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Re: [leiningen] Order dependency of dependencies

Re: [leiningen] Order dependency of dependencies

From:
Phil Hagelberg
Date:
2013-08-29 @ 20:58
Chris Perkins writes:

> That is, I thought that when conflicting versions of a transitive
> dependency were found, the highest-numbered one would be picked. I just
> discovered today that this is not the case, and that the first-found
> version seems to be picked.

The basic logic is that the "closest" to the root (or least transitive)
dependency wins, but if two have the same level of transitivity, the
first one wins.

> Is this intentional? Should I just add exclusions to get around this?
> (re-ordering dependencies in my project file can fix some of the problems
> I'm having, but seems like an unwinnable game in the long run).

It's intentional that we don't diverge from the logic of Maven. However,
if you're concerned about your dependencies it's highly recommended to
run `lein deps :tree` to ensure you're getting the dependencies you're
expecting. Using an explicit :exclusions clause when there is a conflict
is a good idea. You can set `:pedantic :warn` in project.clj to get
conflict warnings whenever you run code so you don't have to go out of
your way and run `lein deps :tree` to get notified of them.

-Phil

Re: [leiningen] Order dependency of dependencies

From:
Eric Arthen
Date:
2013-08-29 @ 21:06
I don't think Maven does "first found" nor does it do highest found.

As I recall it looks at what is required closest to the current project.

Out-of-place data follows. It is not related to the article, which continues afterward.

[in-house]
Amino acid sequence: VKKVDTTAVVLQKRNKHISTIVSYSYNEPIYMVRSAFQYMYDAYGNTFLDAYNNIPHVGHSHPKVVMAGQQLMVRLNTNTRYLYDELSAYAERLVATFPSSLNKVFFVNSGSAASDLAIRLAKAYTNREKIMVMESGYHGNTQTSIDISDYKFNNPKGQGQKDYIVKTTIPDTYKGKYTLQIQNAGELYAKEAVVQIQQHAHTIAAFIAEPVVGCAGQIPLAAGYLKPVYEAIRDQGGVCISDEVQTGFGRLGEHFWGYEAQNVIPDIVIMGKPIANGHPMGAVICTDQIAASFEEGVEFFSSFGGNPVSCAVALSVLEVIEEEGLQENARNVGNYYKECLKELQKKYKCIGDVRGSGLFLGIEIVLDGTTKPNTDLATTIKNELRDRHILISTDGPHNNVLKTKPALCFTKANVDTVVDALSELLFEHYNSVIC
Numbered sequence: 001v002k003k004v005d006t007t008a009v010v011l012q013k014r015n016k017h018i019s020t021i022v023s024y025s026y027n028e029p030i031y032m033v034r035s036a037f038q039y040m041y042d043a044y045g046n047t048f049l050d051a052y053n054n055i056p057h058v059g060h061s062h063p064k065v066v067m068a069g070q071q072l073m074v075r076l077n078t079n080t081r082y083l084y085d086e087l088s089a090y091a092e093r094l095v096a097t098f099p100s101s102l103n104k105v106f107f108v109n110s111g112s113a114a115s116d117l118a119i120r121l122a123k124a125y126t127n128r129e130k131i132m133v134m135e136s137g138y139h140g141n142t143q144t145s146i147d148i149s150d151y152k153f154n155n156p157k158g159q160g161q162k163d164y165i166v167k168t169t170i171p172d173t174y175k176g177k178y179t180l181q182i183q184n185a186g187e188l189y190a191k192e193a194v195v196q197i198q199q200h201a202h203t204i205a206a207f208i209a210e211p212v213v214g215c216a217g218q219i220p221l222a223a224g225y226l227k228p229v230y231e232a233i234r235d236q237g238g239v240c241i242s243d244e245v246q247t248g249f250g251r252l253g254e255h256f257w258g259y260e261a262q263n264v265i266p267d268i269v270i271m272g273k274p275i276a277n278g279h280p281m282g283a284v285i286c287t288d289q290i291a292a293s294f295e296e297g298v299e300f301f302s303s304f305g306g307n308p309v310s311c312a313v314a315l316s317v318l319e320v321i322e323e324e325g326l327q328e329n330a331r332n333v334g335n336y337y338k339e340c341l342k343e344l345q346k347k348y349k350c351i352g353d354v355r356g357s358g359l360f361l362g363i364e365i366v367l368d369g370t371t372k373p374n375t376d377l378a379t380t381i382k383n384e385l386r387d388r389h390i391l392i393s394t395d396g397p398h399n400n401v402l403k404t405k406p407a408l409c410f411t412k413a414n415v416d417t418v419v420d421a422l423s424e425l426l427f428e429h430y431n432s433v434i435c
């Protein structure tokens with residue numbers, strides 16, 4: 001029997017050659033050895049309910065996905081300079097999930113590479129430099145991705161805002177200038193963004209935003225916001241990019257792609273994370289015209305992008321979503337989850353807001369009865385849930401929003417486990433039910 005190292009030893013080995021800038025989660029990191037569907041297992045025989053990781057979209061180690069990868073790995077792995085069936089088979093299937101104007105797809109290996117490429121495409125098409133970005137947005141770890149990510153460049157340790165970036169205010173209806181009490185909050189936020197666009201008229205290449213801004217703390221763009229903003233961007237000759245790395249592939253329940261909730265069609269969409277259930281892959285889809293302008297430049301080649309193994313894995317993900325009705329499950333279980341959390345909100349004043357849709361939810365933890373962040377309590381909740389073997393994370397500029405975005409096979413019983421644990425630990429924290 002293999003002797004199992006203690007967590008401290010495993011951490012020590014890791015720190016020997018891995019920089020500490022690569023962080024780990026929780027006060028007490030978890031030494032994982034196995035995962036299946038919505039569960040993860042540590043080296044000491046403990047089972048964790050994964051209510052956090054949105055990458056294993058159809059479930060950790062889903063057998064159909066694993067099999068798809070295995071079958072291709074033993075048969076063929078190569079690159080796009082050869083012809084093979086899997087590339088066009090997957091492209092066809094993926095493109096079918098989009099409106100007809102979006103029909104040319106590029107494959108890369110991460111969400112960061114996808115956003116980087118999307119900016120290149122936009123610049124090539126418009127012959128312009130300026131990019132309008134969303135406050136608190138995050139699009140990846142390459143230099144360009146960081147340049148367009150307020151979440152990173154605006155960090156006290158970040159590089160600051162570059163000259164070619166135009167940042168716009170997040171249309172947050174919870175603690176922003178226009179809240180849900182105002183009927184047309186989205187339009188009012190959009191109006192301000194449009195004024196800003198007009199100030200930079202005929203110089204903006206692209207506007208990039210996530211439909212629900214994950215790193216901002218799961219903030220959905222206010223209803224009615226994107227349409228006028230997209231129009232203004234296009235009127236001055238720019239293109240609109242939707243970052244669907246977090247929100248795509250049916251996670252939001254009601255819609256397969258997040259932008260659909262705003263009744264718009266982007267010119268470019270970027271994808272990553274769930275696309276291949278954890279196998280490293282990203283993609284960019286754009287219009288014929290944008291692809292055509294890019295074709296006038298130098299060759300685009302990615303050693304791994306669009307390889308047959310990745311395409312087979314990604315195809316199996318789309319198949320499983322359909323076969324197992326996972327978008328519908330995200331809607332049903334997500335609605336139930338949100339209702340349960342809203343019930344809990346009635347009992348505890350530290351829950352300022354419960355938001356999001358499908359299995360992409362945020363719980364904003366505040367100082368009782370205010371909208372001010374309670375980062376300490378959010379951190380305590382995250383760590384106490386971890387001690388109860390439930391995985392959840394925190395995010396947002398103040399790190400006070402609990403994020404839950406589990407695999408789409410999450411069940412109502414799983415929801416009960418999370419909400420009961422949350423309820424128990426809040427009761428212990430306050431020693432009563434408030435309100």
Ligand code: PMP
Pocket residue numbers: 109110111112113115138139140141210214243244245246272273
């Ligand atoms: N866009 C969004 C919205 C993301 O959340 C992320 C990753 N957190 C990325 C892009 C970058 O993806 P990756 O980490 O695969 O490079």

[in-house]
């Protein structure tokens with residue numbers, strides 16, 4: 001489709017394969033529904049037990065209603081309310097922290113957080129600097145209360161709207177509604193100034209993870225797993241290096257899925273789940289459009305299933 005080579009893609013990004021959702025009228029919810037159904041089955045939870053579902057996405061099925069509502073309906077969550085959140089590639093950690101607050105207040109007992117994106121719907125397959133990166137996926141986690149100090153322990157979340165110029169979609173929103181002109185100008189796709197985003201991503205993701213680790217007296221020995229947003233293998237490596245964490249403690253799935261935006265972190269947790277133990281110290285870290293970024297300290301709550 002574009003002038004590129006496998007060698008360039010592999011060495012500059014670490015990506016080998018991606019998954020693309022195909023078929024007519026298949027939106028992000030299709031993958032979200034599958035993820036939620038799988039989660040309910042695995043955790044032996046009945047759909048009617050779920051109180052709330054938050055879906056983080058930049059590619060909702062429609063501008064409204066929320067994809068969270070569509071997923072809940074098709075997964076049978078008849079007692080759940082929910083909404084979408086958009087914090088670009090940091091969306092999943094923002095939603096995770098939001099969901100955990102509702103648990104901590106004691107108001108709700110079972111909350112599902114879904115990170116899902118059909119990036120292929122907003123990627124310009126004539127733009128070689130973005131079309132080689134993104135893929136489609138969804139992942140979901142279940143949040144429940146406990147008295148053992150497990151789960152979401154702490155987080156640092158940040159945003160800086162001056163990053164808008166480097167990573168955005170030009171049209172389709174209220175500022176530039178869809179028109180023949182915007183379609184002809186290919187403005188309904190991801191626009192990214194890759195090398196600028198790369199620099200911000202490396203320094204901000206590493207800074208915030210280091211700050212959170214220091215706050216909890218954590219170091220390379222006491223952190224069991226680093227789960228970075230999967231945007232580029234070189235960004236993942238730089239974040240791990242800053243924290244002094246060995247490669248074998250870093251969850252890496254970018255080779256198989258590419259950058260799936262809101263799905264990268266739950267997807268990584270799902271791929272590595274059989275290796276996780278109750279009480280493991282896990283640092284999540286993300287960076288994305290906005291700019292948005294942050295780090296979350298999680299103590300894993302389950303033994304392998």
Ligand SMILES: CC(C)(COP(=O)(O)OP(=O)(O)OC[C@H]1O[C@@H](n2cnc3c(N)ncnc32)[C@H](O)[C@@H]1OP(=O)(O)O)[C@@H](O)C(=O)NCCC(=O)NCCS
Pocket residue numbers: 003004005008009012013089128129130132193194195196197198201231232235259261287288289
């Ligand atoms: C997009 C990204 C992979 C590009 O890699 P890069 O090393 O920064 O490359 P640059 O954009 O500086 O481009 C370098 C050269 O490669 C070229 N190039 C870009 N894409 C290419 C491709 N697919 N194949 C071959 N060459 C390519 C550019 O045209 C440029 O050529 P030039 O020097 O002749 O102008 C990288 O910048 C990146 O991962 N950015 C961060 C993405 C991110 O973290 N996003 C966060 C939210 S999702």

So if you list dependency  A 1 and B, and then B lists A 2, maven will take
A 1 since you directly listed it.

(but test to make sure i got that right)

Eric


On Thu, Aug 29, 2013 at 4:58 PM, Phil Hagelberg <phil@hagelb.org> wrote:

>
> Chris Perkins writes:
>
> > That is, I thought that when conflicting versions of a transitive
> > dependency were found, the highest-numbered one would be picked. I just
> > discovered today that this is not the case, and that the first-found
> > version seems to be picked.
>
> The basic logic is that the "closest" to the root (or least transitive)
> dependency wins, but if two have the same level of transitivity, the
> first one wins.
>
> > Is this intentional? Should I just add exclusions to get around this?
> > (re-ordering dependencies in my project file can fix some of the problems
> > I'm having, but seems like an unwinnable game in the long run).
>
> It's intentional that we don't diverge from the logic of Maven. However,
> if you're concerned about your dependencies it's highly recommended to
> run `lein deps :tree` to ensure you're getting the dependencies you're
> expecting. Using an explicit :exclusions clause when there is a conflict
> is a good idea. You can set `:pedantic :warn` in project.clj to get
> conflict warnings whenever you run code so you don't have to go out of
> your way and run `lein deps :tree` to get notified of them.
>
> -Phil
>



-- 
Eric Leventhal Arthen  |  Principal Software Engineer
Brightcove, Inc. http://www.brightcove.com/
earthen@brightcove.com